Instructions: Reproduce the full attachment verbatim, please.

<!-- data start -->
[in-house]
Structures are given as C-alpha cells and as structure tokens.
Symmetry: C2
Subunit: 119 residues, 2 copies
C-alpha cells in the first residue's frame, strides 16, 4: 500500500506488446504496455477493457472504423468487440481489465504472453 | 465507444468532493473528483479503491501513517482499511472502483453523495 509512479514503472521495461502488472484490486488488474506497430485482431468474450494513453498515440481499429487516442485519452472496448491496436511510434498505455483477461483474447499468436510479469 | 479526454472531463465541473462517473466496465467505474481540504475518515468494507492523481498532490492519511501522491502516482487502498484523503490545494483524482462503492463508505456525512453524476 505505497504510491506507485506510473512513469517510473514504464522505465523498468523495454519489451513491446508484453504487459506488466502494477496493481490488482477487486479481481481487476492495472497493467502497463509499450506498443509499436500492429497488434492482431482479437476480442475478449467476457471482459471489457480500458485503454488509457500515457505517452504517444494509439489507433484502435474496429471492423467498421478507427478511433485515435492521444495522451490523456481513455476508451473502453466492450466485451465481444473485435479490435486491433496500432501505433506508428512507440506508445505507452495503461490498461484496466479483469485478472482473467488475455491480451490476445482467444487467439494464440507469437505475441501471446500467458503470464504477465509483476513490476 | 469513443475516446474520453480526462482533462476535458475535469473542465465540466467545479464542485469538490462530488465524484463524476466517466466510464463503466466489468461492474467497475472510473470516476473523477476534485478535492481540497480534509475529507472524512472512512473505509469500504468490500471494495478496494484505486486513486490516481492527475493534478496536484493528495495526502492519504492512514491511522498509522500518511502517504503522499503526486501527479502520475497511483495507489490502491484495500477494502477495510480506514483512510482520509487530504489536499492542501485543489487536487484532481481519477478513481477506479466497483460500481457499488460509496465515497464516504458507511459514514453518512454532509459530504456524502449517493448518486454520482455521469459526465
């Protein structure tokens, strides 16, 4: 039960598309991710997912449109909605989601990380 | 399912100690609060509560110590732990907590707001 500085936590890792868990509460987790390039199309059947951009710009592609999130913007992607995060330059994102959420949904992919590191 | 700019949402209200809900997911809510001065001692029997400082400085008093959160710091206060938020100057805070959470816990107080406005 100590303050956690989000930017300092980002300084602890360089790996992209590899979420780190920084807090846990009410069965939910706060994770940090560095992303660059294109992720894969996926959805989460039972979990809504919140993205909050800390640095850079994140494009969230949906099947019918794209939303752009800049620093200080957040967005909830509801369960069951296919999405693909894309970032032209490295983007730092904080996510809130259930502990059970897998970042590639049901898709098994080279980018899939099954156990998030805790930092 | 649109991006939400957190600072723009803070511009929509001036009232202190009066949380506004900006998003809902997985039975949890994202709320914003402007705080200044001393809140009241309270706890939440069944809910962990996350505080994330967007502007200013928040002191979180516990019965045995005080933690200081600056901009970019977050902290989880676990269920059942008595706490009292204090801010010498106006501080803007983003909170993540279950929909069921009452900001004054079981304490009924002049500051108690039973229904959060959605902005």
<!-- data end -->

[in-house]
Structures are given as C-alpha cells and as structure tokens.
Symmetry: C2
Subunit: 119 residues, 2 copies
C-alpha cells in the first residue's frame, strides 16, 4: 500500500506488446504496455477493457472504423468487440481489465504472453 | 465507444468532493473528483479503491501513517482499511472502483453523495 509512479514503472521495461502488472484490486488488474506497430485482431468474450494513453498515440481499429487516442485519452472496448491496436511510434498505455483477461483474447499468436510479469 | 479526454472531463465541473462517473466496465467505474481540504475518515468494507492523481498532490492519511501522491502516482487502498484523503490545494483524482462503492463508505456525512453524476 505505497504510491506507485506510473512513469517510473514504464522505465523498468523495454519489451513491446508484453504487459506488466502494477496493481490488482477487486479481481481487476492495472497493467502497463509499450506498443509499436500492429497488434492482431482479437476480442475478449467476457471482459471489457480500458485503454488509457500515457505517452504517444494509439489507433484502435474496429471492423467498421478507427478511433485515435492521444495522451490523456481513455476508451473502453466492450466485451465481444473485435479490435486491433496500432501505433506508428512507440506508445505507452495503461490498461484496466479483469485478472482473467488475455491480451490476445482467444487467439494464440507469437505475441501471446500467458503470464504477465509483476513490476 | 469513443475516446474520453480526462482533462476535458475535469473542465465540466467545479464542485469538490462530488465524484463524476466517466466510464463503466466489468461492474467497475472510473470516476473523477476534485478535492481540497480534509475529507472524512472512512473505509469500504468490500471494495478496494484505486486513486490516481492527475493534478496536484493528495495526502492519504492512514491511522498509522500518511502517504503522499503526486501527479502520475497511483495507489490502491484495500477494502477495510480506514483512510482520509487530504489536499492542501485543489487536487484532481481519477478513481477506479466497483460500481457499488460509496465515497464516504458507511459514514453518512454532509459530504456524502449517493448518486454520482455521469459526465
């Protein structure tokens, strides 16, 4: 039960598309991710997912449109909605989601990380 | 399912100690609060509560110590732990907590707001 500085936590890792868990509460987790390039199309059947951009710009592609999130913007992607995060330059994102959420949904992919590191 | 700019949402209200809900997911809510001065001692029997400082400085008093959160710091206060938020100057805070959470816990107080406005 100590303050956690989000930017300092980002300084602890360089790996992209590899979420780190920084807090846990009410069965939910706060994770940090560095992303660059294109992720894969996926959805989460039972979990809504919140993205909050800390640095850079994140494009969230949906099947019918794209939303752009800049620093200080957040967005909830509801369960069951296919999405693909894309970032032209490295983007730092904080996510809130259930502990059970897998970042590639049901898709098994080279980018899939099954156990998030805790930092 | 649109991006939400957190600072723009803070511009929509001036009232202190009066949380506004900006998003809902997985039975949890994202709320914003402007705080200044001393809140009241309270706890939440069944809910962990996350505080994330967007502007200013928040002191979180516990019965045995005080933690200081600056901009970019977050902290989880676990269920059942008595706490009292204090801010010498106006501080803007983003909170993540279950929909069921009452900001004054079981304490009924002049500051108690039973229904959060959605902005």